As an example, consider this problem:

What are the dimensions of the Queen’s two pet pens?
The Queen wants you to use a total of 100 meters of fence to build a Circular pen for her pet Capybara and a Square pen for her pet Sloth. Because she prizes her pets, she wants the pet pens paved in platinum. Because she is a prudent queen, she wants you to minimize the total area.

Let’s look at approaches to this problem at several stops along this continuum:

a. Each pair of students gets 100 centimeters of string. They cut the string in an arbitrary place, form one piece into a circle and the other into a square, measure the dimensions of the figures, and calculate the areas. Glue or tape these to pieces of paper. The class makes a display of these shapes and their areas, organizes them—perhaps by the sizes of the squares, and draws a conclusion about the approximate dimensions of the minimum-area enclosures.

b. Same as above, but we plot them on a graph. A sketch of the curve through the points helps us figure out the dimensions and the minimum area.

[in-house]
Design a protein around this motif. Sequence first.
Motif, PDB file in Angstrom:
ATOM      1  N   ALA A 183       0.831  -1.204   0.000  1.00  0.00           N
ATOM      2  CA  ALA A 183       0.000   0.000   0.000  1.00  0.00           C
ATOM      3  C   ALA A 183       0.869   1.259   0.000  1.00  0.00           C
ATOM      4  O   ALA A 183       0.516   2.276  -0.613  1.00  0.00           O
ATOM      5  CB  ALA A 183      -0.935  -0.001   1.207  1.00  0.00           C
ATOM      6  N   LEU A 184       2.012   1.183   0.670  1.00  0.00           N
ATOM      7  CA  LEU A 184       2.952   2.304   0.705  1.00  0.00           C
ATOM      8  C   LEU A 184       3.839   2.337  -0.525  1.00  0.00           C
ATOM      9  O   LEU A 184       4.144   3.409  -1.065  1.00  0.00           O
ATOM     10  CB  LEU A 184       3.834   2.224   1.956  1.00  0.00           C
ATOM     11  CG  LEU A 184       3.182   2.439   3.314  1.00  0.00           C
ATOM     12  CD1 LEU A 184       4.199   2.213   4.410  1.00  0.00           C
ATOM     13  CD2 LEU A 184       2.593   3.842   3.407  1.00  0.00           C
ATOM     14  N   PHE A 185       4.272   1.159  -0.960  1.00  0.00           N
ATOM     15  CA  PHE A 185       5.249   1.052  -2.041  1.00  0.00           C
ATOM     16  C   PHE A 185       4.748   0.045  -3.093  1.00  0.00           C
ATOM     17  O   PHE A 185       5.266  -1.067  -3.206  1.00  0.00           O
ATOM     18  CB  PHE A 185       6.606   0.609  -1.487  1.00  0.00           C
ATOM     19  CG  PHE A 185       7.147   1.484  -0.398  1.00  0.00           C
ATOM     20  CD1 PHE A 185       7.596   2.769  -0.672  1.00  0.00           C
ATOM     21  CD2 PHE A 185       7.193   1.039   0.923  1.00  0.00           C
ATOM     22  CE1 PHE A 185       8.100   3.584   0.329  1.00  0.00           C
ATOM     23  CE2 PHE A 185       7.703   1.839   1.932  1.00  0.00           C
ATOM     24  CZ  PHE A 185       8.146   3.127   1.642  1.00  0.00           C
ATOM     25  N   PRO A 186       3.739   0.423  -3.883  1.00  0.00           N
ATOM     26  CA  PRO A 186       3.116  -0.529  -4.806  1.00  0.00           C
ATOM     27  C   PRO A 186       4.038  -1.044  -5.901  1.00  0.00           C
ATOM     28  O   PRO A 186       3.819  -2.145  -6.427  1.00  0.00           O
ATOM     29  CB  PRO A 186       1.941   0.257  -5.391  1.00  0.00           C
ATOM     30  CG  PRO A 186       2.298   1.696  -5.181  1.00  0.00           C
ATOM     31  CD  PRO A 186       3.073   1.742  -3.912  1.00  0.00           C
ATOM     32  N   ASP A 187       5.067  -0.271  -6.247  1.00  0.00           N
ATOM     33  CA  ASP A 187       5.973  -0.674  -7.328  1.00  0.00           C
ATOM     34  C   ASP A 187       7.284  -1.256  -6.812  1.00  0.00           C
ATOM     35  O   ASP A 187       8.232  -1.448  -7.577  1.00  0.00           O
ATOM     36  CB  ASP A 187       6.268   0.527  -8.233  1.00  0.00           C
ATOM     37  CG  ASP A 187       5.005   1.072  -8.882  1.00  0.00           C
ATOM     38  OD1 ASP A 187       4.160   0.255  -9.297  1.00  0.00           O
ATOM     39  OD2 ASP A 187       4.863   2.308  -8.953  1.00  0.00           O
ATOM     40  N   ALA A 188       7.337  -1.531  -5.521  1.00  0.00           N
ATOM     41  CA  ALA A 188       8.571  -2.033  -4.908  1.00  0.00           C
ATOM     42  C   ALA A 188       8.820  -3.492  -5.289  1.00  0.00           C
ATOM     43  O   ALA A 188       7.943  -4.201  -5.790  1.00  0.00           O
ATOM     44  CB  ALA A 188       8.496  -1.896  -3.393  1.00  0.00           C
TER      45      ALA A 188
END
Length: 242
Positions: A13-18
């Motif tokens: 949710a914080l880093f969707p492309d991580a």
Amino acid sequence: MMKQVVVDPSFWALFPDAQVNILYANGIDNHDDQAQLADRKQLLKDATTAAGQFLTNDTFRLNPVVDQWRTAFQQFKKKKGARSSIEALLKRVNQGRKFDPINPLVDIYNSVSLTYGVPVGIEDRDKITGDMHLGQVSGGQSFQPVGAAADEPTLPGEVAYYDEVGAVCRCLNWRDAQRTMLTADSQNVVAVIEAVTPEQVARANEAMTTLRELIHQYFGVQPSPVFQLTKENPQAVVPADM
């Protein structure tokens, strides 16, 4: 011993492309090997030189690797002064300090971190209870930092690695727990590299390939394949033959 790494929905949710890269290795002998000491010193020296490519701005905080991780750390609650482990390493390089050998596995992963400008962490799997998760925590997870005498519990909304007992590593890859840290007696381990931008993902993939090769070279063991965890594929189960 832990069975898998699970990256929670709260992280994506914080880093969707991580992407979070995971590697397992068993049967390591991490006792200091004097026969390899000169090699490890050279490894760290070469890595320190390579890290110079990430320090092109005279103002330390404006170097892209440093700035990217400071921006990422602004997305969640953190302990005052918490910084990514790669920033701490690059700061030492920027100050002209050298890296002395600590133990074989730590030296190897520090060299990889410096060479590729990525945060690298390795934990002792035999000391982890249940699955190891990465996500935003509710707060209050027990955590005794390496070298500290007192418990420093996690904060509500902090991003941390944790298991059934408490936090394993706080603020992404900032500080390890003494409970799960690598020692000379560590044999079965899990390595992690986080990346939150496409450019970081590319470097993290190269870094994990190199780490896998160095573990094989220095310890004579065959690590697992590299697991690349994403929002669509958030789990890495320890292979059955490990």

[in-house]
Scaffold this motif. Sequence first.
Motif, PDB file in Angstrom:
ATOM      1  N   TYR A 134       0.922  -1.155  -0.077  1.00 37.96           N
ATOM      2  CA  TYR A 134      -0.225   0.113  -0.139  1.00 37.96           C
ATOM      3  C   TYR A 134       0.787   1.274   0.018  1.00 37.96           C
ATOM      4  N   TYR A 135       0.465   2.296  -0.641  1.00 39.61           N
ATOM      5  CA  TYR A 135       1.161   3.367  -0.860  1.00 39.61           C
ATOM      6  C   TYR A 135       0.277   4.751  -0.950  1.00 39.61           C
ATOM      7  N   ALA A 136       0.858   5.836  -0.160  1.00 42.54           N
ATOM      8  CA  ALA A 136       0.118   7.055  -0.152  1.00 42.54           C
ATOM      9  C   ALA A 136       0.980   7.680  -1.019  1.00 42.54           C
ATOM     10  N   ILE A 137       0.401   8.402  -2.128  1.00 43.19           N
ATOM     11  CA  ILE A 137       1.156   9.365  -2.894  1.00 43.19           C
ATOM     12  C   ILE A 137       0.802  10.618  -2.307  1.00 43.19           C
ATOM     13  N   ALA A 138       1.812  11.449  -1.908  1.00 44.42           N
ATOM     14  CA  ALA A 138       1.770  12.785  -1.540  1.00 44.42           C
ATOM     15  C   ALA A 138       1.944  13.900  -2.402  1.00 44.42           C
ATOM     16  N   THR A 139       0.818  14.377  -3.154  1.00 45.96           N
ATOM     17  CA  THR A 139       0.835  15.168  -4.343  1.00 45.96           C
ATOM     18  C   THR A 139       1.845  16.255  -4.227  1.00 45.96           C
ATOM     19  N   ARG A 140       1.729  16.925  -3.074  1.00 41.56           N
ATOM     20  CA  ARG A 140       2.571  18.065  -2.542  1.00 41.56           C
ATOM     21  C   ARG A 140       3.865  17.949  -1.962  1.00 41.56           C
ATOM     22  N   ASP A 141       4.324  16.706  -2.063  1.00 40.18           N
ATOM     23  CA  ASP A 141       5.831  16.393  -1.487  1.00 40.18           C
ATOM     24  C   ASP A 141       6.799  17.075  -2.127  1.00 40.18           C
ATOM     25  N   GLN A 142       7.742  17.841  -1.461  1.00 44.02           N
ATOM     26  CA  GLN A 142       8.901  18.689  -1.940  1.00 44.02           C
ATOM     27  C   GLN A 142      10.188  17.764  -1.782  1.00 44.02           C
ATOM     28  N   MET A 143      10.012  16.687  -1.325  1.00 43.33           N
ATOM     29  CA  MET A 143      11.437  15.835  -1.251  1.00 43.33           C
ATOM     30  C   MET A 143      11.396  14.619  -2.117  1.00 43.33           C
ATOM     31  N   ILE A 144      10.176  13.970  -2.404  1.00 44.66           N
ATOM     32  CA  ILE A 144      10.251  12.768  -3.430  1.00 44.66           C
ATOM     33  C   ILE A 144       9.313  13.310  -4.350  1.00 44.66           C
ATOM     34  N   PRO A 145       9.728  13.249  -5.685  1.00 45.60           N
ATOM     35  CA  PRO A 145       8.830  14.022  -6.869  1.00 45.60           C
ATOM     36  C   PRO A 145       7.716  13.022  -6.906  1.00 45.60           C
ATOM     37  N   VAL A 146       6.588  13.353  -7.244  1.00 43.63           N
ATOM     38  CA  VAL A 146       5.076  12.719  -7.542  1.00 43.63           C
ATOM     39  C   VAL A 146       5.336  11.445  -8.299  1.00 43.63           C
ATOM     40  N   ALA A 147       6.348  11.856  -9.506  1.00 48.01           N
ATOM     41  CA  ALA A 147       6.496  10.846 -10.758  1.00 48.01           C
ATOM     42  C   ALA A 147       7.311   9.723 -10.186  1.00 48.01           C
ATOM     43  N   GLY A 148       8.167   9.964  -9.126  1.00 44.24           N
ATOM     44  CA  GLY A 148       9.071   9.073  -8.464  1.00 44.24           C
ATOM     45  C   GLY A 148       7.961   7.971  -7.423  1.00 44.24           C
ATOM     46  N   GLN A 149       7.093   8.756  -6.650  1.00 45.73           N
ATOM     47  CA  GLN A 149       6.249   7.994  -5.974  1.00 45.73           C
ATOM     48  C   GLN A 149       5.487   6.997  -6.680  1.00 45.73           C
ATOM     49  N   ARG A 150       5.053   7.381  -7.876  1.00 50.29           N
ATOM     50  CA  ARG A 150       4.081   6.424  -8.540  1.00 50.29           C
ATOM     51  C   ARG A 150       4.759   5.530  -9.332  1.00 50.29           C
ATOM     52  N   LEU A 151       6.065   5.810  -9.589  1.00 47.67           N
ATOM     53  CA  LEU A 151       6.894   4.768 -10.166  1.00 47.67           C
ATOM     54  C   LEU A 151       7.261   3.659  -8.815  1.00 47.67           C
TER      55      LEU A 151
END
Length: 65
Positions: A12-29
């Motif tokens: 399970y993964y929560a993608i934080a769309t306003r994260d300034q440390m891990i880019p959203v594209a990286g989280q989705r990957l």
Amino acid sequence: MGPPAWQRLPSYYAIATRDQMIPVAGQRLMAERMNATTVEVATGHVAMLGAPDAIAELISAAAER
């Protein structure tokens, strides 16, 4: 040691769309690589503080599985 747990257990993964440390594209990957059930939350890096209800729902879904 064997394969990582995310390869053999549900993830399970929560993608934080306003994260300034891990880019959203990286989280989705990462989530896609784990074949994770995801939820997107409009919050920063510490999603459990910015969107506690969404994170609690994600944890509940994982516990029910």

c. This time we enter the data into dynamic data software, guess that the points fit a parabola, and enter a quadratic in vertex form, adjusting its parameters to fit the data. We see that two of these parameters are the side of the square and the minimum area.

d. Instead of making the shapes with string, we draw them on paper. Any of the three previous schemes apply here; and an individual or a small group can more easily make several different sets of enclosures. Here, however, the students need to ensure that the total perimeter is constant—the string no longer enforces the constraint. Note that we are still using specific dimensions.

e. We use dynamic geometry software to enforce the constraint; we drag a point along a segment to indicate where to divide the fence. We instruct the software to draw the enclosures and calculate the area. (In 2014, Dan Meyer did a number on a related problem and made two terrific dynamic geometry widgets, Act One and Act Two.)

f. We make a diagram, but use a variable for the length of a side. Using that, we write expressions for the areas of the figures and plot their sum as a function of the side length. We read the minimum off the graph.

g. As above, but we use algebraic techniques (including completing the square) to convert the expression to vertex form, from which we read the exact solutions. In this version, we might not even have plotted the function.

h. As above, but we avoid some messy algebra by using calculus.